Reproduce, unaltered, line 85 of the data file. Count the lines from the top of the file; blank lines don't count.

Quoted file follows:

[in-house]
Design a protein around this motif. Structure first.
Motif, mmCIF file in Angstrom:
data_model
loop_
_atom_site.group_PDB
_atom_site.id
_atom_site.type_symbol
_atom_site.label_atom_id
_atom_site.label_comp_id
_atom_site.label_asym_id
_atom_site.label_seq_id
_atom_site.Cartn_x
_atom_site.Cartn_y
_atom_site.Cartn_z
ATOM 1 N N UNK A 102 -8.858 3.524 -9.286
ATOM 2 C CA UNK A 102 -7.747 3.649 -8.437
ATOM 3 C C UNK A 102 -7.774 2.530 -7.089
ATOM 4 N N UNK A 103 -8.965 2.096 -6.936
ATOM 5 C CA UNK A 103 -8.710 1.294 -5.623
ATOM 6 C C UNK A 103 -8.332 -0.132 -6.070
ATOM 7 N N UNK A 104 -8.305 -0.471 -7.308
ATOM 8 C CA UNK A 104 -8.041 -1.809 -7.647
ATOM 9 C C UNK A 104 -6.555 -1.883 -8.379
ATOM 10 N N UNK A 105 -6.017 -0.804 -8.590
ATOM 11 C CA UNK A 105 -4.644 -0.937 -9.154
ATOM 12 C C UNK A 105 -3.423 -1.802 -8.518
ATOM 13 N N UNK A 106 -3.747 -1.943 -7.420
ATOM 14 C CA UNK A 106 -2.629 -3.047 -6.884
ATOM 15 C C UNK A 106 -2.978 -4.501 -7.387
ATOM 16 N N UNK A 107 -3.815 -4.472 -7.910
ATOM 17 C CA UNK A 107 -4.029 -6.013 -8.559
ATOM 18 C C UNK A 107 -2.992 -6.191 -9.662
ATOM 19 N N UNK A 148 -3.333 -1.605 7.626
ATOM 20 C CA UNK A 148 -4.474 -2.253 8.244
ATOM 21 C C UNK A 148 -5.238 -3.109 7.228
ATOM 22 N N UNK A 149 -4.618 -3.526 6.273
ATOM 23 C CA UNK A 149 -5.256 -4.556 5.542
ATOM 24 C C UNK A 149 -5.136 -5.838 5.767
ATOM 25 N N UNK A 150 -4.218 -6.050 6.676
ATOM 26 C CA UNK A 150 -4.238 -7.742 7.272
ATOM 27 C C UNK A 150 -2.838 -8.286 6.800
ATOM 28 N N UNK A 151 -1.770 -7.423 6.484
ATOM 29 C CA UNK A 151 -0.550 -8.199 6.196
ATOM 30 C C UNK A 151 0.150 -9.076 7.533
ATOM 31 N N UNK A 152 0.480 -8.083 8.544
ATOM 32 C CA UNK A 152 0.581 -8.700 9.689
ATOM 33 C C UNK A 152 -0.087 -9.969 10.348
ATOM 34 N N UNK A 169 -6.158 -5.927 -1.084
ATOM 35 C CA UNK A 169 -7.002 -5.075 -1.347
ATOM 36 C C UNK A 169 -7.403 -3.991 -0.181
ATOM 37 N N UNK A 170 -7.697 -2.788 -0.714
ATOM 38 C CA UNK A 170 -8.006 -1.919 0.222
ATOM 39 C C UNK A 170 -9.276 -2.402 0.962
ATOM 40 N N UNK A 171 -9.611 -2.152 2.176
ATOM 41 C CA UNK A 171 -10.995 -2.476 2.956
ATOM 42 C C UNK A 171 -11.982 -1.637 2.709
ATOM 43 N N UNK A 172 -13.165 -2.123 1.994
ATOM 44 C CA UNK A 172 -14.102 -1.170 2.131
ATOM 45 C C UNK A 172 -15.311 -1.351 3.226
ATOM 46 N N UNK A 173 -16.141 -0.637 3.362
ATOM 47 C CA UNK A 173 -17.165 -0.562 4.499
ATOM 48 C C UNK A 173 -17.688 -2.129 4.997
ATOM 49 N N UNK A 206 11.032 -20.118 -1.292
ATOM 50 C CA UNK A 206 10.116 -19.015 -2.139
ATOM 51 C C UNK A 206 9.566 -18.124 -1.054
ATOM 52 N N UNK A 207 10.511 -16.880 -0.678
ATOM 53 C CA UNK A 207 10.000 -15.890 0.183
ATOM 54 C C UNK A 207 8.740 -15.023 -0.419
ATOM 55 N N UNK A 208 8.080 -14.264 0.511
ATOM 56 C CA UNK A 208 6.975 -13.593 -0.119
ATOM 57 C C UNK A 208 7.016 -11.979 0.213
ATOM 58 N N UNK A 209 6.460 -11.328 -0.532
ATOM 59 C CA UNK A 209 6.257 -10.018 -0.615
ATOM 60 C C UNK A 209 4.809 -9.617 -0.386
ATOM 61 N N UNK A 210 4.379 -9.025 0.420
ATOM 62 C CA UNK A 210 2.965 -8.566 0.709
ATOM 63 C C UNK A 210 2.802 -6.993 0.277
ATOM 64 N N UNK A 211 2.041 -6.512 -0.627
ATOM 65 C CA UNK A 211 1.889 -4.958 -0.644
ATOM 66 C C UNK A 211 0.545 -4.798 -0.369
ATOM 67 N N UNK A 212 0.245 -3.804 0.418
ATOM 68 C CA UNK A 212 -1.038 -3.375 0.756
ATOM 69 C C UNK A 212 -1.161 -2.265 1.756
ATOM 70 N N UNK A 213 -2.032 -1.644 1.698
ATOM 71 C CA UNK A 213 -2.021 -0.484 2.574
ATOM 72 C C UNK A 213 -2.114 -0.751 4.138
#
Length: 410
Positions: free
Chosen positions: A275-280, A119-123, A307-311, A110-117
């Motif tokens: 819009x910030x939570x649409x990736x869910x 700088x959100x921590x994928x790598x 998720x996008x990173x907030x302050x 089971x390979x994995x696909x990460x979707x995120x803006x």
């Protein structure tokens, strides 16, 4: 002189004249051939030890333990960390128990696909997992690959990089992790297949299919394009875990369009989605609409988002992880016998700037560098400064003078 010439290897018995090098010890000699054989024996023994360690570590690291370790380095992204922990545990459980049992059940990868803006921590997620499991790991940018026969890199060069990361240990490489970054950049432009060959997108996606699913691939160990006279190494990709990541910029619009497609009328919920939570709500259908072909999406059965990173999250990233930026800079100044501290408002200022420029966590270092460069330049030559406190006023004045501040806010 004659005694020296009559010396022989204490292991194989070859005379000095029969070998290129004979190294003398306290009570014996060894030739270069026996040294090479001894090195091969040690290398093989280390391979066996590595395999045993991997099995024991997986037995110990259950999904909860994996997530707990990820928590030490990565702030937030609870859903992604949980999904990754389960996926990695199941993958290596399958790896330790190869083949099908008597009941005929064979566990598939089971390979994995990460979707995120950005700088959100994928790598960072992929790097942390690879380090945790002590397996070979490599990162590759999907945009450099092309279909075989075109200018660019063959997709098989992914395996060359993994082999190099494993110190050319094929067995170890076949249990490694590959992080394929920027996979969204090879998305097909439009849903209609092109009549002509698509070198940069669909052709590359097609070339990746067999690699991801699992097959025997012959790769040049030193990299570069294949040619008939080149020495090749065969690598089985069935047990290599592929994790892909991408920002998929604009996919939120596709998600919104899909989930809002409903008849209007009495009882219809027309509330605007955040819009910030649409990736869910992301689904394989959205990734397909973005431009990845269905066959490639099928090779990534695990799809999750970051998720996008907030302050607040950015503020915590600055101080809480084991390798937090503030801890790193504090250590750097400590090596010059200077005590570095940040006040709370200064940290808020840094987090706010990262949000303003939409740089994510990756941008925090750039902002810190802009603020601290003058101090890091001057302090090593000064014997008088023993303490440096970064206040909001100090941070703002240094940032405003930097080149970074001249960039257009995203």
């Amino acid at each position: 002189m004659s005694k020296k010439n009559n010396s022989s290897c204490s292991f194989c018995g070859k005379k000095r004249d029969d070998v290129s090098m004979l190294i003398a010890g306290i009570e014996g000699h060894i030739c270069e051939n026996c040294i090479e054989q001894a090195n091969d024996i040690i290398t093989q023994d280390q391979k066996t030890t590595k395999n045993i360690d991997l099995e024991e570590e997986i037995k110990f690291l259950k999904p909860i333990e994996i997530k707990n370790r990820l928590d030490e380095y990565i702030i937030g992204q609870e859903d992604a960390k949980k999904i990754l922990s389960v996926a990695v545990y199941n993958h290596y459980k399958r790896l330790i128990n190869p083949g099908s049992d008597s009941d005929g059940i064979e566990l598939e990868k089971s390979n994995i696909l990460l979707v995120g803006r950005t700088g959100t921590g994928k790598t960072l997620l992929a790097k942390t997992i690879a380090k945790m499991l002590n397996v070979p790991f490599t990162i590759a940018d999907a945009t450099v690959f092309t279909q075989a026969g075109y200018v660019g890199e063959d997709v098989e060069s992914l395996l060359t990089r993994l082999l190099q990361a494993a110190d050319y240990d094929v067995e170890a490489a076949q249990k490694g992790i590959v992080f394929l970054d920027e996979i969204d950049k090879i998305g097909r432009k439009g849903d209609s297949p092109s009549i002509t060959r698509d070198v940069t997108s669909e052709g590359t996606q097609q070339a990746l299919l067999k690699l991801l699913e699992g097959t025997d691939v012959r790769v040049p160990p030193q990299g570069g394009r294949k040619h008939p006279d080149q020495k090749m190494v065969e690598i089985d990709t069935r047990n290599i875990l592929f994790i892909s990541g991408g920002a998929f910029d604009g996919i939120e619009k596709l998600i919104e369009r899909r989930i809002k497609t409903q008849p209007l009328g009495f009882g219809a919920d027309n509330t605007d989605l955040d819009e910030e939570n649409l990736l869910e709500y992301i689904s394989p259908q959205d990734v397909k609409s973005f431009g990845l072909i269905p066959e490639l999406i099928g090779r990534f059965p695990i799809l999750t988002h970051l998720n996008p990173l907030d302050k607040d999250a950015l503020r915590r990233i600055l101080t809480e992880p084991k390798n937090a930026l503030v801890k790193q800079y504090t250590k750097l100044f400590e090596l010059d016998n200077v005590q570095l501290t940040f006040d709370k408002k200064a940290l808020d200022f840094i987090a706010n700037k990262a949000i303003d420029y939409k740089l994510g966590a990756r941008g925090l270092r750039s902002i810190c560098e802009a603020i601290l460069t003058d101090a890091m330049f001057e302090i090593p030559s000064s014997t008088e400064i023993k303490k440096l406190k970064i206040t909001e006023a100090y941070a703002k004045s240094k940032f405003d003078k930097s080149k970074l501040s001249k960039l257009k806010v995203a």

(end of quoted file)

ATOM 70 N N UNK A 213 -2.032 -1.644 1.698